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Last ‘low-value’ Afghan detainee asks to be freed from Guantánamo Bay as U.S. troops leave Afghanistan

Afghan refugee Roman Khan holds a photograph of his brother Asadullah Haroon Gul in September. Gul is detained by the United States in Guantánamo Bay, Cuba. (Abdul Majeed/AFP/Getty Images)

A former Afghan militant who is one of the last 40 detainees held at the prison at Guantánamo Bay, Cuba, asked a U.S. judge for his freedom on Monday, arguing that President Biden’s recent troop withdrawal announcement amounted to a declaration that the U.S. war in Afghanistan is ending and that all prisoners of said war should be released.

Attorneys for Asadullah Haroon Gul, 39, acknowledge that he was captured in 2007 by Afghan forces and turned over to the United States as a commander in Hezb-i-Islami Gulbuddin, a paramilitary group then allied with al-Qaeda, that resisted the
U.S. invasion in 2001.

But that group, known as HIG, made peace with the government in Kabul in September 2016. Hundreds of its members have been freed from Afghan prisons, and its former CIA-backed leader, Gulbuddin Hekmatyar, recently ran for president and serves on Afghanistan’s High Council for National Reconciliation, which is leading peace negotiations with the Taliban, they argued.

Gul “is a prisoner of war — a war that has been over for many years,” attorney Tara Plochocki argued Monday in court for his legal team, comprising people from human rights group Reprieve and the Lewis Baach Kaufmann Middlemiss law firm. “If the rule of law means anything, [he] must be released.”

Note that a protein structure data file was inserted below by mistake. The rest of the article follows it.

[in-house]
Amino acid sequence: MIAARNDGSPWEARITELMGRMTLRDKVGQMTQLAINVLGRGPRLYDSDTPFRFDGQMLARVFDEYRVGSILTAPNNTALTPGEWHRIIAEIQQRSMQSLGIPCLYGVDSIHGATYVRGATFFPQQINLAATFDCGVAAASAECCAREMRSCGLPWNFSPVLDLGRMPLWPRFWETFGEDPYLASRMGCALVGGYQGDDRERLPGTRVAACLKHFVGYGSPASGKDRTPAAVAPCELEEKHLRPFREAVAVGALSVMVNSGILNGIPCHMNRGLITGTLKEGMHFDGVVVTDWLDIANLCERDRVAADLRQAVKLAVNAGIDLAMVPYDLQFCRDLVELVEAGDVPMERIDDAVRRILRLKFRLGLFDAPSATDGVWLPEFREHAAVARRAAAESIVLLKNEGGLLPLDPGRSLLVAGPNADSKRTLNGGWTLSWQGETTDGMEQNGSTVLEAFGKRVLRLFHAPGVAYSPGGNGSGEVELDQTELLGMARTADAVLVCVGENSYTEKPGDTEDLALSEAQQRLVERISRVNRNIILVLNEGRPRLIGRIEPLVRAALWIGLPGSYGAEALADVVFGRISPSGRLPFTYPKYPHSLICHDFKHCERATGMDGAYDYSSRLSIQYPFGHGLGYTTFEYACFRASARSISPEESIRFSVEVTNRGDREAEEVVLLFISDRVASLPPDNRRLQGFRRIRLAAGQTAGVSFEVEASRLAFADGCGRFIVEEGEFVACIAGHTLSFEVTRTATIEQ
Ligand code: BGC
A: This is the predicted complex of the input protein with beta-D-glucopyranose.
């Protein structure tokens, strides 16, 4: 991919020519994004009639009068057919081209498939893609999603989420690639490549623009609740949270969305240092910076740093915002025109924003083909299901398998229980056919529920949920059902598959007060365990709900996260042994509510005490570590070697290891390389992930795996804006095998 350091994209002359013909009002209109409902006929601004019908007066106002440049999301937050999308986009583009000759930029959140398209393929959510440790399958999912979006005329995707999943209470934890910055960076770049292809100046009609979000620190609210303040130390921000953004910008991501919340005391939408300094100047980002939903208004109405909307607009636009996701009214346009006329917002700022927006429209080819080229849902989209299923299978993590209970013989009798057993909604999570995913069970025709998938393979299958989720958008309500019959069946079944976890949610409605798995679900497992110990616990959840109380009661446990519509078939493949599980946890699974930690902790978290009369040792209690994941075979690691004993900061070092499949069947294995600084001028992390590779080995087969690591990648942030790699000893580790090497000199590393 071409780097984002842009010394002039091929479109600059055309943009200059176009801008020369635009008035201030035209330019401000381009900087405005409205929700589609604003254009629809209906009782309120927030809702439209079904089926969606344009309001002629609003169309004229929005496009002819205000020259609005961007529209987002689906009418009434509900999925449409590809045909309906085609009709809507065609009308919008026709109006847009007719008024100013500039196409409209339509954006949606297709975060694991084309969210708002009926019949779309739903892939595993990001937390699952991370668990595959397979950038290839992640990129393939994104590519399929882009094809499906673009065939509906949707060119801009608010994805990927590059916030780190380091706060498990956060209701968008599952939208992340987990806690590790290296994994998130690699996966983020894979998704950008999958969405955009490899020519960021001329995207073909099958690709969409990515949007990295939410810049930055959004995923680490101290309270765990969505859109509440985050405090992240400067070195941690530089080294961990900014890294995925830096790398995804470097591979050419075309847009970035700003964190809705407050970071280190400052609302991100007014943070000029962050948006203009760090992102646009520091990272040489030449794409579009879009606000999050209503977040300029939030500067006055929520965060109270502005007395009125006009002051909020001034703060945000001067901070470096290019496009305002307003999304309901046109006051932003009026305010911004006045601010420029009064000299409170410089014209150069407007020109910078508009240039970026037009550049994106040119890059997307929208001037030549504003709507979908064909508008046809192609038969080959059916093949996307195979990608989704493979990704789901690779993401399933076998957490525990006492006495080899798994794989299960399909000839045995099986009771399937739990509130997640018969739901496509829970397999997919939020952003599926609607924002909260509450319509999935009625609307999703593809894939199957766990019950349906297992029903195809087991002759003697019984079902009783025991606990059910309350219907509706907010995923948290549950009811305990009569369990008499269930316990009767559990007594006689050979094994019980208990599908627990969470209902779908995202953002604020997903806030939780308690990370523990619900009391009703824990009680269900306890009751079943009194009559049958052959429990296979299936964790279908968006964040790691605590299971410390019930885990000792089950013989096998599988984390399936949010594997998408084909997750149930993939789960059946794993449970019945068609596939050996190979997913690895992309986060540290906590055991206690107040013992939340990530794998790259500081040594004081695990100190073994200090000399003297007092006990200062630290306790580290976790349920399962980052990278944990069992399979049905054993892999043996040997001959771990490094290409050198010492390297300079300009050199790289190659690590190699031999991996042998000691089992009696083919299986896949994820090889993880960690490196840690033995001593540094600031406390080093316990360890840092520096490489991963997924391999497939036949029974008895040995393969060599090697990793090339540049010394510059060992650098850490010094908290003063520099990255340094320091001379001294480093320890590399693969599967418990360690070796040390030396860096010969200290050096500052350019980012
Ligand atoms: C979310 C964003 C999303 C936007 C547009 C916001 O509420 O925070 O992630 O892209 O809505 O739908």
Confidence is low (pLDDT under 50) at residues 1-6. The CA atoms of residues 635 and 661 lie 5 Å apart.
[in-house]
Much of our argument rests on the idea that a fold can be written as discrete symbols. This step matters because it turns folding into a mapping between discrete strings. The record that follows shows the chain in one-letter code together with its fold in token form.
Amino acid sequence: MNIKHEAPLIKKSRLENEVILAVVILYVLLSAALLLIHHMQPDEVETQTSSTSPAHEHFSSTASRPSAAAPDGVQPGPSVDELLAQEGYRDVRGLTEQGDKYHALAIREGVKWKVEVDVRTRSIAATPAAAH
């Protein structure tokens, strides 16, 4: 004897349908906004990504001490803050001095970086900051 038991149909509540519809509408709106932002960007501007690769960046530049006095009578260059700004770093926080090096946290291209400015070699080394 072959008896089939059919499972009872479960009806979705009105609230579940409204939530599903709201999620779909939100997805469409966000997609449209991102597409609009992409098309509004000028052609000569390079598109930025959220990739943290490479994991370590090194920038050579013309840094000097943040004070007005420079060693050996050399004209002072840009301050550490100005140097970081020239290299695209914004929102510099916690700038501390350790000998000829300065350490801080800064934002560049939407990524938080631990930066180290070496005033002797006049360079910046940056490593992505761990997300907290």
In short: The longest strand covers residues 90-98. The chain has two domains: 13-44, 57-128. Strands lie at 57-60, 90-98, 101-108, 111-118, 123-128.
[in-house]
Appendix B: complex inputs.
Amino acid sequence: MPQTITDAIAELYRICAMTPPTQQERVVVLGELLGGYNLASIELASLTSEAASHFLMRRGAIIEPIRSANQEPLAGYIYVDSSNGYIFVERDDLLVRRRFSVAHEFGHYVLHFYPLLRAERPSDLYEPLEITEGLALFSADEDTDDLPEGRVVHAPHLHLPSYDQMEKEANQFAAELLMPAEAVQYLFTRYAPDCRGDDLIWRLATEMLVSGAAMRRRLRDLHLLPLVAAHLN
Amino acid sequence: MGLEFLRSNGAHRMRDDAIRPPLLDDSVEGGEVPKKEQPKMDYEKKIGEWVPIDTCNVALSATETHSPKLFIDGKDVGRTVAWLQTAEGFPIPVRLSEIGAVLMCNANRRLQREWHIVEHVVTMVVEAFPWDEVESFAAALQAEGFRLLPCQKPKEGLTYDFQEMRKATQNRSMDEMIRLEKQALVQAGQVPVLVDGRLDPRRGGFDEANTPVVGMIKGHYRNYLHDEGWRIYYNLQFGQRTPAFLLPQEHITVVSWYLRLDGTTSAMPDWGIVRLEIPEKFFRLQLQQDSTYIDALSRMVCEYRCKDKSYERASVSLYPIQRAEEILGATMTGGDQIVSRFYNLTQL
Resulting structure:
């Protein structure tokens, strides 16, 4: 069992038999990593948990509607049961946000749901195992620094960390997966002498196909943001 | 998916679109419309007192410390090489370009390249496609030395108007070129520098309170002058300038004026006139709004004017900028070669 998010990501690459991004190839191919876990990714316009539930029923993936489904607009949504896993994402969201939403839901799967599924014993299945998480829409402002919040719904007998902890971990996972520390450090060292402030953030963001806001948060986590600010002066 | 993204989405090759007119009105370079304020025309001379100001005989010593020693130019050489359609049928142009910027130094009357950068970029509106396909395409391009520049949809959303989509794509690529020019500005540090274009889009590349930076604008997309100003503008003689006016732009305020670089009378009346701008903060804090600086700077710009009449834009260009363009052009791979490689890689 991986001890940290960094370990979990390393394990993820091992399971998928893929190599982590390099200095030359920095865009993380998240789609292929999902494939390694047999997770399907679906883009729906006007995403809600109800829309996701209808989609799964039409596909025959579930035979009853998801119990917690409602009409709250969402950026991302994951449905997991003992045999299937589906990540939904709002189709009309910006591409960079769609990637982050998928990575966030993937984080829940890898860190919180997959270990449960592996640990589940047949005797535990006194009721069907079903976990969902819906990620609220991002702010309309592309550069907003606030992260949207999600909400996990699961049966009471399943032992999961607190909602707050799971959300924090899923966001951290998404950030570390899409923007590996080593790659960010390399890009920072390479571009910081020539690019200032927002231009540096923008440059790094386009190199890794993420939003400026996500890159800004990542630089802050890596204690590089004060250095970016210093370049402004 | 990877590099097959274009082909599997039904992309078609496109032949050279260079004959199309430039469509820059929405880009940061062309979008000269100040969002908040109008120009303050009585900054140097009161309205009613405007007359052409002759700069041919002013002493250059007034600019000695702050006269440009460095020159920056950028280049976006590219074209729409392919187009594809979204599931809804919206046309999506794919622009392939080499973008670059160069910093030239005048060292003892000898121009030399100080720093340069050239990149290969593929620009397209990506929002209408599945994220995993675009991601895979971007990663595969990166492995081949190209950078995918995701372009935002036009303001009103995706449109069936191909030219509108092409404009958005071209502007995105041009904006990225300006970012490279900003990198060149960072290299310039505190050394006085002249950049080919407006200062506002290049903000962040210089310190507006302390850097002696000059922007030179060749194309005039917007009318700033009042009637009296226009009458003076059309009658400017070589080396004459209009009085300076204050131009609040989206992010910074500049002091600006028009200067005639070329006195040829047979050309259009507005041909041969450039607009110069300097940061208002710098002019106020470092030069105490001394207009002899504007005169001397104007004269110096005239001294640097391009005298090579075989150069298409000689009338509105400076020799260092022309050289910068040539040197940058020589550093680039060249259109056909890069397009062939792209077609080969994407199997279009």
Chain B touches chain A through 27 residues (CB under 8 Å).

Biden will withdraw all U.S. forces from Afghanistan by Sept. 11, 2021

The Afghan government in February also called Gul’s continuing detention “detrimental” to U.S.-Afghan relations, marking what appears to be the first time a Guantánamo detainee’s government has formally demanded repatriation in U.S. court. Gul’s case compromised “compliance with the letter and spirit of two different peace accords,” counting a February 2020 U.S.-Taliban agreement, the Afghan government said.

Most of the afternoon-long hearing before U.S. District Judge Amit P. Mehta in Washington, which is expected to last several days, is classified. But in brief public opening statements that Gul observed by videoconference from Cuba, U.S. prosecutors said they would introduce in secret session his own purported statements to U.S. interrogators and those of an individual he allegedly worked alongside as a “courier and facilitator” for al-Qaeda.

“The government does not take lightly the fact that [Gul] has been detained more than 10 years, but we have been and remain at war with al-Qaeda,” U.S. prosecutor Stephen McCoy Elliott said.

Gul’s “detention, while lengthy, remains justified,” the prosecutor said. Gul has never been charged with a crime.

Gul made several trips to training camps specializing in chemicals and explosives, helped transport money, communications and individuals, and carried out “other operational taskings” for al-Qaeda operatives, Elliott said. Gul also became close to the only other Afghan still at Guantánamo, Muhammad Rahim al Afghani, a former translator for Osama bin Laden who helped the latter escape Afghanistan in late 2001, Elliott alleged.